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Q&A le Siobhán Agus Gabrielle – Friday 19 June, 7pm

June’s Live Q&A with Gabrielle and Siobhán took place on Friday 19 June at 7pm (Irish time). Watch it above!

Irish is what’s called a VSO, which stands for Verb, Subject, Object. A simple example of this is the sentence Rinne Máire arán. Máire made bread, or literally, made Máire bread. Other languages with the same basic word order are Arabic, classical Hebrew, and Hawaiian, to name but a few. 

The Relative Clause (an clásal coibhneasta), can also be quite tricky to get the hang of. This refers to more complex sentence structures, such as An bord ar a bhfuil an leabhar = the table on which the book is.

1. An Foclóir Póca (Paperback)

“Foclóir Póca” means “Pocket Dictionary”. It’s quite a good little dictionary and does both directions of English-Irish and Irish-English. It also has over 30,000 words and examples and a handy grammar section at the back, including a concise grammar guide and verb conjugations. If you’re looking to get a dictionary for learning to speak Irish, this one is a very reasonable investment.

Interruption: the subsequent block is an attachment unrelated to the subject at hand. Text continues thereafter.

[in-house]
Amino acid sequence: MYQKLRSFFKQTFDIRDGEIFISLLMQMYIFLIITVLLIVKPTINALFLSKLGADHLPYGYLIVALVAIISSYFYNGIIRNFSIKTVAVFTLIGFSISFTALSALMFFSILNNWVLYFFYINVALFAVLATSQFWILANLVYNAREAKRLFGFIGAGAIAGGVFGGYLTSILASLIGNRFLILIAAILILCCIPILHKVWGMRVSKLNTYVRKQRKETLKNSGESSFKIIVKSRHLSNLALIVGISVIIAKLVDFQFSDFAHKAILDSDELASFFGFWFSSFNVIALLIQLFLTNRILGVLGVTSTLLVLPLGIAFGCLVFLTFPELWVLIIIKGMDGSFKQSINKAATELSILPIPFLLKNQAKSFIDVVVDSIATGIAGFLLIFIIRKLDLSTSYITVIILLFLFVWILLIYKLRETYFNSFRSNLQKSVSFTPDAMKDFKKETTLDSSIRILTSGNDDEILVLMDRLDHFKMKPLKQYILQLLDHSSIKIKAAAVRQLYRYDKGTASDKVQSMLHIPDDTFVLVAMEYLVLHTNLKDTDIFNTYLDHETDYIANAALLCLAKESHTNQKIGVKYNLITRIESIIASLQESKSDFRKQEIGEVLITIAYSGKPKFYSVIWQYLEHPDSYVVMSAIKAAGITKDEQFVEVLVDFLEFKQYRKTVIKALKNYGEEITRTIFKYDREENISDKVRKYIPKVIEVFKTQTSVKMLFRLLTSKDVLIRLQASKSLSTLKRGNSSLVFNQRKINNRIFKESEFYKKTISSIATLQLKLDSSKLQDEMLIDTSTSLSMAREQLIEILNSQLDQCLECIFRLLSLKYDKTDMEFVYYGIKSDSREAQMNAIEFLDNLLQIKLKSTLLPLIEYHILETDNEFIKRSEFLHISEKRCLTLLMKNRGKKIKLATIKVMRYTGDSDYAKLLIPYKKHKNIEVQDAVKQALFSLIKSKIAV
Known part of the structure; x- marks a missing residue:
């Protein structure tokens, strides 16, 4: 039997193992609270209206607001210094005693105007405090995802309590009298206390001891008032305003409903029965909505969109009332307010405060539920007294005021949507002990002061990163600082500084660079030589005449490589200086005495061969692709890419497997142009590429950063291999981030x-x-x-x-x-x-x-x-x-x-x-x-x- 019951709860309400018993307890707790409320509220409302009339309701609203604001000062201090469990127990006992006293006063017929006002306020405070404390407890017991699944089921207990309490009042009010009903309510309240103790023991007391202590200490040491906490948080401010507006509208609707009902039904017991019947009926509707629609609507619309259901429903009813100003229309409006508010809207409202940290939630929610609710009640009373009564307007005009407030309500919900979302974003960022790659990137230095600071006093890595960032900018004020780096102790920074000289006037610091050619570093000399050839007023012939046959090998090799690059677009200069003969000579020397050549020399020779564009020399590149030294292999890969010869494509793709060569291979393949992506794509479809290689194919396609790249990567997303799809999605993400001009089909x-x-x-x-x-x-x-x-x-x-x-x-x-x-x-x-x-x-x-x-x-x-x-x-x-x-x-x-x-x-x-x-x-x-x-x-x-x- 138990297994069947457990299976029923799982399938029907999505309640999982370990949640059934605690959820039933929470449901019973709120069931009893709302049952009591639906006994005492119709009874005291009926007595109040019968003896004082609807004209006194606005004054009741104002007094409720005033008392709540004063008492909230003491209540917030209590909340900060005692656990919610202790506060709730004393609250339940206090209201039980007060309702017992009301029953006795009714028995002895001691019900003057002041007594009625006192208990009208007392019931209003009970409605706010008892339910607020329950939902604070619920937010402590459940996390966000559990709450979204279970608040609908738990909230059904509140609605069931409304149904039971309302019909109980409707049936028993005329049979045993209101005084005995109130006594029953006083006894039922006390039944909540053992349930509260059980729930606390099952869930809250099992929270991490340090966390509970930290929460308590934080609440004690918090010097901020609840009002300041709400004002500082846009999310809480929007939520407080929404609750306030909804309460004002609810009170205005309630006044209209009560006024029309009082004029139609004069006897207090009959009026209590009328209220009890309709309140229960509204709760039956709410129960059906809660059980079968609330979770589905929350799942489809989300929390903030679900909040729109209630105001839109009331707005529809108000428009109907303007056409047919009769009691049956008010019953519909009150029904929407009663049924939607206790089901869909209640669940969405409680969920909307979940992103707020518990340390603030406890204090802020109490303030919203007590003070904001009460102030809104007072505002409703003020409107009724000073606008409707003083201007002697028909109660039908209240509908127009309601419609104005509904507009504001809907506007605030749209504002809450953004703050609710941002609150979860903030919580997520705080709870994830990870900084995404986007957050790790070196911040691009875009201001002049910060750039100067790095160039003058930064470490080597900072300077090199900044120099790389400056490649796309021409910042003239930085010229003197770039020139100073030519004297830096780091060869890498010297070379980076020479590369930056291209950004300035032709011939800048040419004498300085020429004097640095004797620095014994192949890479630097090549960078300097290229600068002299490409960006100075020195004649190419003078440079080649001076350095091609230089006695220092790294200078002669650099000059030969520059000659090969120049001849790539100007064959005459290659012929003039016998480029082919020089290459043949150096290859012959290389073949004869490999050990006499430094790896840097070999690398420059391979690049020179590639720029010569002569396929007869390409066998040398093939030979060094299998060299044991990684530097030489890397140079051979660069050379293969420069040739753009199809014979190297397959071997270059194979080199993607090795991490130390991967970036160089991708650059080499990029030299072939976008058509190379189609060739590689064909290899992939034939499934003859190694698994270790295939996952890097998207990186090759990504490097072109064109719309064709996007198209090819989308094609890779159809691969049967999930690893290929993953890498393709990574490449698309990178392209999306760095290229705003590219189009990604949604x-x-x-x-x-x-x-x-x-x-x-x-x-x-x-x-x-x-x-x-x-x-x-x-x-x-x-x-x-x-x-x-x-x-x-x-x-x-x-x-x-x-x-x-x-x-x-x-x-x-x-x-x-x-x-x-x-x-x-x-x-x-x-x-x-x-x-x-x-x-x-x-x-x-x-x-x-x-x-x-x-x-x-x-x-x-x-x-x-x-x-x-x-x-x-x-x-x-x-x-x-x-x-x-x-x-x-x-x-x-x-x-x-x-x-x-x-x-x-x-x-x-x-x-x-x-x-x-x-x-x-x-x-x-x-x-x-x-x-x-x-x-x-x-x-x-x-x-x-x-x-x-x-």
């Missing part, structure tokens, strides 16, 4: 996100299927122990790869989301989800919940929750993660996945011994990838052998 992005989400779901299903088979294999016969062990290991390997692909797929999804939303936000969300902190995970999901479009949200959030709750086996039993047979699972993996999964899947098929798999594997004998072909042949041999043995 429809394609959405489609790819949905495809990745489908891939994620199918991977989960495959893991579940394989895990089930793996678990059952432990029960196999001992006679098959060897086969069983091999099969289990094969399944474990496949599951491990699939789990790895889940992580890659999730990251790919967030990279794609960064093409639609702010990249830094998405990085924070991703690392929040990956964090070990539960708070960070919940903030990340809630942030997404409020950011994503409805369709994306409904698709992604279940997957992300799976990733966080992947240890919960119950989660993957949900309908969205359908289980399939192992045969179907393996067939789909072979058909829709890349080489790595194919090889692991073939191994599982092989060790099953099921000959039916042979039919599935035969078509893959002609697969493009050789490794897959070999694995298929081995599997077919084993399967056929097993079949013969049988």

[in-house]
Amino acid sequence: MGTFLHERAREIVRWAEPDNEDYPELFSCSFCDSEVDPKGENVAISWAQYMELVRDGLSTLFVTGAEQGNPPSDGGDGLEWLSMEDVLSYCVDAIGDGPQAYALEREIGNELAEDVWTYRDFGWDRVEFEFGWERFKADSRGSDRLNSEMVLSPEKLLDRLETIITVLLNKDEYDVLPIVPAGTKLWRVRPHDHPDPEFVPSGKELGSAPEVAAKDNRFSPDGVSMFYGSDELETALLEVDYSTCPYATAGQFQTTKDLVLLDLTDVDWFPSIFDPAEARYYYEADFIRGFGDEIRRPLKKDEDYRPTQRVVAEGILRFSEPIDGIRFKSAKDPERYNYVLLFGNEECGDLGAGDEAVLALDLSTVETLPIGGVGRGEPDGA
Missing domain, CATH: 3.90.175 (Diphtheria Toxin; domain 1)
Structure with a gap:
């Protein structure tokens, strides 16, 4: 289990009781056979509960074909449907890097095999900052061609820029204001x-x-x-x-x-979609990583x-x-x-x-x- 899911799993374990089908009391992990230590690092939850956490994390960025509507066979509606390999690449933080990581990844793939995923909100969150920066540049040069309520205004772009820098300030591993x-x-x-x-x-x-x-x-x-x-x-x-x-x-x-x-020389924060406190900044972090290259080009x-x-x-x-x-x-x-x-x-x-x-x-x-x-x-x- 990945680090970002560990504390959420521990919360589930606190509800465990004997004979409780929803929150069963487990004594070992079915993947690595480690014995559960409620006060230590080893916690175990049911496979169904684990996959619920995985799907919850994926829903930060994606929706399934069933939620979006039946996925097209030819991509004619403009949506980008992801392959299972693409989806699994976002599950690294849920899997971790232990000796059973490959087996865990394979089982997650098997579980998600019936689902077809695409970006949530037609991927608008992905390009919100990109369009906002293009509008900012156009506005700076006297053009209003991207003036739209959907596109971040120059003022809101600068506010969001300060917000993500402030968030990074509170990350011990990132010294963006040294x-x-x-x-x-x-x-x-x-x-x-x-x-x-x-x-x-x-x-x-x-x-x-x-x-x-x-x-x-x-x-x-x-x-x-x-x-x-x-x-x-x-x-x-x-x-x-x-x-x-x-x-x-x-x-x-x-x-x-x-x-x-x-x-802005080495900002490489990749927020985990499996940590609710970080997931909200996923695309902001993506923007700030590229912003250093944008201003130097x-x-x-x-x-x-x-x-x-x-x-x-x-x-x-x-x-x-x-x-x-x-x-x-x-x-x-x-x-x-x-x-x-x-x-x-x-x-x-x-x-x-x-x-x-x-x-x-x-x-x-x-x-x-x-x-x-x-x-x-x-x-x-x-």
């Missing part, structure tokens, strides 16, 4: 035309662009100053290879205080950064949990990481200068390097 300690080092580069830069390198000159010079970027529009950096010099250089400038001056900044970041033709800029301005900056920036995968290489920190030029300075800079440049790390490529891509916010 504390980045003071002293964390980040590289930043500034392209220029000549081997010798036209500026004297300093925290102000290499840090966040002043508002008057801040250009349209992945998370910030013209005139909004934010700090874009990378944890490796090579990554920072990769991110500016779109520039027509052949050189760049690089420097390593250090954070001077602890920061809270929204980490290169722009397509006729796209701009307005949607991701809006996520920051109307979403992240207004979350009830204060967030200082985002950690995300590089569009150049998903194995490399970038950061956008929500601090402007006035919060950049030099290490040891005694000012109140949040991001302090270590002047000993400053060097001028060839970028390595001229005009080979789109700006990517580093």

2. De Bhaldraithe (Paperback)

A classic English to Irish Gaelic dictionary (the headwords are in English). The latest editions we’ve seen are in paperback. Also available to use for free online at teanglann.com.

3. Ó Dónaill (Paperback And Hardback)

A classic Irish Gaelic to English dictionary (the headwords are in Irish). Also available to use for free online at teanglann.com.

The above are available on Litriocht.com, as well as on other online stores. Also available in most good Irish bookshops.

We want to help you achieve Gaeilge Gach Lá – Irish Every Day. We’ve a whole set of resources collected for you in our Gaeilge Gach Lá email series. It starts with an ebook for 10 secrets for Gaeilge Gach Lá. You’ll also get our weekly newsletter with upcoming live Q&As. Get the Gaeilge Gach Lá emails from Bitesize Irish.

5 thoughts on “Q&A le Siobhán Agus Gabrielle – Friday 19 June, 7pm”

  1. James W. Mulligan

    Overall Duolingo is a good introduction to a language, however, the audio can become difficult (Irish), e.g.: Tá an t-ádh orm. As the natural speaker may slur the article, “an” [phoneme -“a”], to the untrained ear this sounds like “Ta ta om.” The student can easily become frustrated. In addition, asking a question is difficult. Why can’t I say, “Táim an t-ádh.” or “Tá an t-ádh mé.” And is there a big difference if the article is omitted? These questions can only be asked after a lesson has been completed. If a student stops for each question, it would take forever to complete a lesson.

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